Administrative investigation points to Downing Street’s “responsibility”, Boris Johnson renews his apology

Its conclusions will affect the political future of Boris Johnson: the administrative investigation into “Partygate”And Announced Wednesday, May 25, Downing Street leaders were directly involved, and called for ” Take responsibility “ The parties were held at the prime minister’s residence in violation of the lockdowns to combat Covid-19.

“I take full responsibility for everything that happened under my supervision.”the conservative leader announced before the deputies, again his apology, without responding to calls for resignation launched by the opposition.

If, in recent weeks, Boris Johnson has seemed in a position to overcome this scandal capable of removing him from power, this week the case was relaunched with the publication of compelling testimonies and photos in the media.

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After imposing police sanctions on this scandal last week, it was senior government employee Sue Gray, notoriously intractable, who offered her conclusions in a report detailing, event after event, supporting emails and photos, something that happened in the back. Scenes of power while the British were forced to make massive sacrifices.

Without naming those responsible or recommending sanctions, it calls into question the authority at the highest level for these events, which ‘What should have been allowed to happen’.

It is also true that some of the less experienced officials thought that their participation in some of these events was an honor, given the presence of the senior leaders. Senior leaders, whether political or official, must take responsibility for this culture.”she believes.

The series has been re-launched

The question now is whether these new elements will be enough to ignite the anger of the majority, at the time of appeasement, or even to prove that the prime minister has lied to Parliament, which may speed up his departure.

Boris Johnson is speaking in Parliament on Wednesday on the subject, in addition to his weekly session to answer questions from MPs, and the media is teasing a possible press conference during the afternoon.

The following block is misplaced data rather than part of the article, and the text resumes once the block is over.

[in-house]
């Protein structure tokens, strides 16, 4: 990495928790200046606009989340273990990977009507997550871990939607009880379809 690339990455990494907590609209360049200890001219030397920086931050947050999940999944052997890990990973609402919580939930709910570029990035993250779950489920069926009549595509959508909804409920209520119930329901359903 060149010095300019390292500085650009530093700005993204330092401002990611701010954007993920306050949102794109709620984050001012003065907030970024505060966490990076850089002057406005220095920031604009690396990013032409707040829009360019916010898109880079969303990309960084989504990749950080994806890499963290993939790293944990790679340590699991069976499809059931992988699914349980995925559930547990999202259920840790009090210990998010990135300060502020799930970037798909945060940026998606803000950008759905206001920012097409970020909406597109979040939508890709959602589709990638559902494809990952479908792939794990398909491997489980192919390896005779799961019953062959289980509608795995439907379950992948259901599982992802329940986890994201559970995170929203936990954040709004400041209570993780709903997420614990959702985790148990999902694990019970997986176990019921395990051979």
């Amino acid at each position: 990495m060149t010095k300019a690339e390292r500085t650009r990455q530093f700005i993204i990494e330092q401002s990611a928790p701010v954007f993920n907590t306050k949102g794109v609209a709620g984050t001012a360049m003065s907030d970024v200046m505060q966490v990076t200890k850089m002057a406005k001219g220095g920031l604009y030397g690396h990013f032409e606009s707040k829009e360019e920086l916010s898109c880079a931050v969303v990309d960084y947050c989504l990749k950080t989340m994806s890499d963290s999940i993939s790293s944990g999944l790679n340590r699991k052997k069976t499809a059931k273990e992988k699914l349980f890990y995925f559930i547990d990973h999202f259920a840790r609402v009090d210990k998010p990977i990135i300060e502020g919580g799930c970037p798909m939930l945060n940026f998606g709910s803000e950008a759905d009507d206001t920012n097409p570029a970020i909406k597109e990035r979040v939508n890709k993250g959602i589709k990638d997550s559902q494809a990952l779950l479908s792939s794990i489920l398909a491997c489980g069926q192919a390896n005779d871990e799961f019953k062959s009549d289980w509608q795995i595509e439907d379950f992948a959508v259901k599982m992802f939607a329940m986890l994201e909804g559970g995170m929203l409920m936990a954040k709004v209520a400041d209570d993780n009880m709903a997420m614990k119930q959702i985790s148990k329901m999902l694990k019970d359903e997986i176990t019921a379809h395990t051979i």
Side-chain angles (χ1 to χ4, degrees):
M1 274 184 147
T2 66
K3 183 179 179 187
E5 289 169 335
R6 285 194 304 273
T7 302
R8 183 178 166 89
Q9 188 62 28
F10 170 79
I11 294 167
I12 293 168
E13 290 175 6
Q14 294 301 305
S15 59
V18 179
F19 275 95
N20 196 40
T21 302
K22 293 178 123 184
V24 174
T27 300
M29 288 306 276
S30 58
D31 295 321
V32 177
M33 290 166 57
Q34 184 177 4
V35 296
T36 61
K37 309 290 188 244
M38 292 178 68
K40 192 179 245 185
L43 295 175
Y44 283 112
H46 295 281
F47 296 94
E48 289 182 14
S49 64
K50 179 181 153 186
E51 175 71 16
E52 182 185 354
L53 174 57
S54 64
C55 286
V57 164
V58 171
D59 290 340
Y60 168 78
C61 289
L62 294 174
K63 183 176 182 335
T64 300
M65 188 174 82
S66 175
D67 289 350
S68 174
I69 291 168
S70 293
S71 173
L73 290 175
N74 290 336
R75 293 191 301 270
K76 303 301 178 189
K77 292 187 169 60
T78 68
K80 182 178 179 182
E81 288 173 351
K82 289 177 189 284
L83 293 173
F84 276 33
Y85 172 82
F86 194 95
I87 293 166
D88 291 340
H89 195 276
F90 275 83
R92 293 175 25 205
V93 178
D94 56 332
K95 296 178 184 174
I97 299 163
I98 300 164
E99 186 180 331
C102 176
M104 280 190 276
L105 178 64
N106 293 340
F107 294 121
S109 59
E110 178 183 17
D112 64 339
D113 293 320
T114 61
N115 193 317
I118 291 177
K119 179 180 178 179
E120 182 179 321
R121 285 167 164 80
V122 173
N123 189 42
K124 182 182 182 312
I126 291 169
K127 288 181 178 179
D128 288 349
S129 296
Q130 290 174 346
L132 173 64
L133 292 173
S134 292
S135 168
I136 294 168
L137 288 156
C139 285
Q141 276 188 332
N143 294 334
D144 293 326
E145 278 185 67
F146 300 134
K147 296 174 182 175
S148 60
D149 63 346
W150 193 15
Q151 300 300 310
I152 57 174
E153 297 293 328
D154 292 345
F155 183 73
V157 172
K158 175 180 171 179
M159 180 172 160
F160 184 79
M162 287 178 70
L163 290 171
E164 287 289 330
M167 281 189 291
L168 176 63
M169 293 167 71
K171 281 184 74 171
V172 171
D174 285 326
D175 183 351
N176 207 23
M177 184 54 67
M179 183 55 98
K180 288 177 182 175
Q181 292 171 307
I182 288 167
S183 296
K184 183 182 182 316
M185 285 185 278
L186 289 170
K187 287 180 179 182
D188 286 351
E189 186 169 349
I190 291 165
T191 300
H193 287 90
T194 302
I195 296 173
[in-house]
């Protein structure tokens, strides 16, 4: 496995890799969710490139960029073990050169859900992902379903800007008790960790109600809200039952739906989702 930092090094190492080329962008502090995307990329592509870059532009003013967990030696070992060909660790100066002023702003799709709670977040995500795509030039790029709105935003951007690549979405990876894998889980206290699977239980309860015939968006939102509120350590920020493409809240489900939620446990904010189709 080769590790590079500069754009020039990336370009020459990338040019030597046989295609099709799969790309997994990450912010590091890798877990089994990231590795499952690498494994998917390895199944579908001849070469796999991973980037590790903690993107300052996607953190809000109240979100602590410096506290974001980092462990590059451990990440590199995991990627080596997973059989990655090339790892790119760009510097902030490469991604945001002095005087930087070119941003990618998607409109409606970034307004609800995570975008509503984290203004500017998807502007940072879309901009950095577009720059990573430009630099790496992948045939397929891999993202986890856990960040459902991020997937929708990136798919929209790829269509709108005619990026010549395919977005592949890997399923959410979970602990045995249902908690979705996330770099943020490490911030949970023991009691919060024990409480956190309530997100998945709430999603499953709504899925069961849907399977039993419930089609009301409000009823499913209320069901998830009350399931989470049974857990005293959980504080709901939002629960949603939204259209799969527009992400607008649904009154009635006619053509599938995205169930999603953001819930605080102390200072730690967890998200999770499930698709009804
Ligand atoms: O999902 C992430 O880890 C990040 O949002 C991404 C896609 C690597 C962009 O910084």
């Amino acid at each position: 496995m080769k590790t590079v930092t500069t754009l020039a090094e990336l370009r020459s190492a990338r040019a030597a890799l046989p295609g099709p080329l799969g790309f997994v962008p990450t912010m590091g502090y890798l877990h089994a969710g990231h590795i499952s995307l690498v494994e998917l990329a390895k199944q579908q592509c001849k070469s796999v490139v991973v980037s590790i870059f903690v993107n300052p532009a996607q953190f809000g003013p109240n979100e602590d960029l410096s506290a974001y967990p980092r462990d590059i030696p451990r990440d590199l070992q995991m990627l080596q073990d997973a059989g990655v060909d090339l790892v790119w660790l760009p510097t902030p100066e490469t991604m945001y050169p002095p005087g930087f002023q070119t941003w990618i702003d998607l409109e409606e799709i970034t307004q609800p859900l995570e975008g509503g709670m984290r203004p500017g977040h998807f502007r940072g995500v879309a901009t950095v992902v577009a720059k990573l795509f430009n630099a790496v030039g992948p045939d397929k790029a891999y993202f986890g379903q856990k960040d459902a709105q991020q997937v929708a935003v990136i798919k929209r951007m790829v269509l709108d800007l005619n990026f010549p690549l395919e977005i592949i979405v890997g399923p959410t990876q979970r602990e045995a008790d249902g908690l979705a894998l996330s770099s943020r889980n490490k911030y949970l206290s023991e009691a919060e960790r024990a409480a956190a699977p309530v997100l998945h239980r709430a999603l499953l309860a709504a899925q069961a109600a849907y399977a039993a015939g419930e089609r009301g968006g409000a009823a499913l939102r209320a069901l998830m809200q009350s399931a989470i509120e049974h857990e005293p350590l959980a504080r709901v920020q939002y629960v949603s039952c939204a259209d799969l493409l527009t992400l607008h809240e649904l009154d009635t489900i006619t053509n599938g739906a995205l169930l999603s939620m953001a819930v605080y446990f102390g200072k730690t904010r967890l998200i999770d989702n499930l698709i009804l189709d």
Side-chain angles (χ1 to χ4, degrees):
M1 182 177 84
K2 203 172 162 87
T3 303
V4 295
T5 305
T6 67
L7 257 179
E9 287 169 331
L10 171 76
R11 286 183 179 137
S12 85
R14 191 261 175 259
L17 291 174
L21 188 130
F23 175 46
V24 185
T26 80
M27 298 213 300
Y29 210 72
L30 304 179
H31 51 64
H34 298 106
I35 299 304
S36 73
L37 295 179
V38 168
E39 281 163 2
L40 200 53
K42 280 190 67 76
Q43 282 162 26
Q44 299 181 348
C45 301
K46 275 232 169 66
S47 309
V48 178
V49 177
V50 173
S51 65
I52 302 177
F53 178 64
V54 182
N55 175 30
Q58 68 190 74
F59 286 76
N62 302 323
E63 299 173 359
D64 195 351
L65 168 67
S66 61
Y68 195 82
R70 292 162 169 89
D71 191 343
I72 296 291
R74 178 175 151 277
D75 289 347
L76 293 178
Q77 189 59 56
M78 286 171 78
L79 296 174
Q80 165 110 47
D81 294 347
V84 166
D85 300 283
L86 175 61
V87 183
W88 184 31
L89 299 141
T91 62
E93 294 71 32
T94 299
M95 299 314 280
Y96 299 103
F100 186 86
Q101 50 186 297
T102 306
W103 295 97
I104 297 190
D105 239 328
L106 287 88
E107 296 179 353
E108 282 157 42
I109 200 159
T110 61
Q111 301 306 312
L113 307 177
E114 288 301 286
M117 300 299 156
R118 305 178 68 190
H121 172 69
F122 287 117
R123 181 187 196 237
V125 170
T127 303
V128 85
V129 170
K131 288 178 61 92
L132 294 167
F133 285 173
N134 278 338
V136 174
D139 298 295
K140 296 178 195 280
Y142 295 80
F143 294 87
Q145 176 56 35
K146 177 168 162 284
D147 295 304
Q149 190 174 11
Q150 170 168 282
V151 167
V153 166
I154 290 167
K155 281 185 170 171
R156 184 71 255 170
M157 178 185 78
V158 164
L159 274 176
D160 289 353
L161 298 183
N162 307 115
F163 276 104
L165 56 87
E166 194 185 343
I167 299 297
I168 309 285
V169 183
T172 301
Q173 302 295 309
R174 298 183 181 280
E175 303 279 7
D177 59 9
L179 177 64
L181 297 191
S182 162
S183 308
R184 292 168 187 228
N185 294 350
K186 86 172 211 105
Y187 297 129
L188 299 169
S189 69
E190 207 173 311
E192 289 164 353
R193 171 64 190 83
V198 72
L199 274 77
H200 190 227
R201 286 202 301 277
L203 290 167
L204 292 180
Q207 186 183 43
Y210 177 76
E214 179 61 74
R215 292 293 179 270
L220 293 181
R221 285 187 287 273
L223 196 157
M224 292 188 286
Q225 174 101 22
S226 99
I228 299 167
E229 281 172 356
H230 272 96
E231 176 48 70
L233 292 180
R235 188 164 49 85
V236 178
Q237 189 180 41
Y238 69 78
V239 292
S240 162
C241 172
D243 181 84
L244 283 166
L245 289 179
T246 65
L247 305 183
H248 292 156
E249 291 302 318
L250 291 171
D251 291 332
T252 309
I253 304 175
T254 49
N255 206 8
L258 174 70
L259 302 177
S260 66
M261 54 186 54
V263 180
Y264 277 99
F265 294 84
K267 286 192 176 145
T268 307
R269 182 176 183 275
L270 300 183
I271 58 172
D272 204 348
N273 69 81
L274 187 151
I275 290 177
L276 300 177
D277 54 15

Having seen his popularity plummet over the winter due to his “Party Gate”, Boris Johnson was able to straighten his image by showing himself at the forefront of Western support for Ukraine in the face of the Russian invasion.

His party, however, suffered heavy losses in local elections in early May, tarnishing the image of the winning poll maker who had long served to protect the former London mayor, and historic inflation fueling discontent. The government must announce a new plan to help families, choked by high energy bills, which the opposition has linked to a desire to forget the “party gate.”

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One hundred and twenty-six fines, including a fine on Boris Johnson

Boris Johnson’s explanations promise to be deceptive on this day, which marks the end of a long period of suspense around Sue Gray’s work, which has been greatly delayed by the parallel launch of a police investigation. The latter ended last week, revealing the scale of violations of anti-Covid-19 rules imposed by Downing Street in response to the pandemic that has killed nearly 180,000 people in the UK.

A total of 126 fines were issued for breaches in eight events, including one for Boris Johnson himself, for a birthday surprise drink in June 2020.

This record was, after all, considered relatively lenient for the prime minister, who engaged in seemingly more serious demonstrations.

Boris Johnson apologized when he received the fine, but refused to resign. But if the new published elements persuade more than fifty members of the majority to abandon him, he risks finding himself the target of a movement of mistrust, nearly three years after his triumphant arrival in Downing Street in the midst of the psychological drama of Brexit. .

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The report could also feed accusations of lying, which will be examined by another investigation, this Parliament. If the latter concludes that he knowingly lied in the House of Commons fair by claiming he did not break the rules, he should resign.

But criticism from the opposition, which has been staunchly calling for his resignation, has subsided since police opened an investigation into Labor leader Keir Starmer. The latter promised to quit if police fined him for violating anti-Covid-19 rules during his 2021 campaign trip, during which he ordered curry and beer for his team.

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The world with AFP

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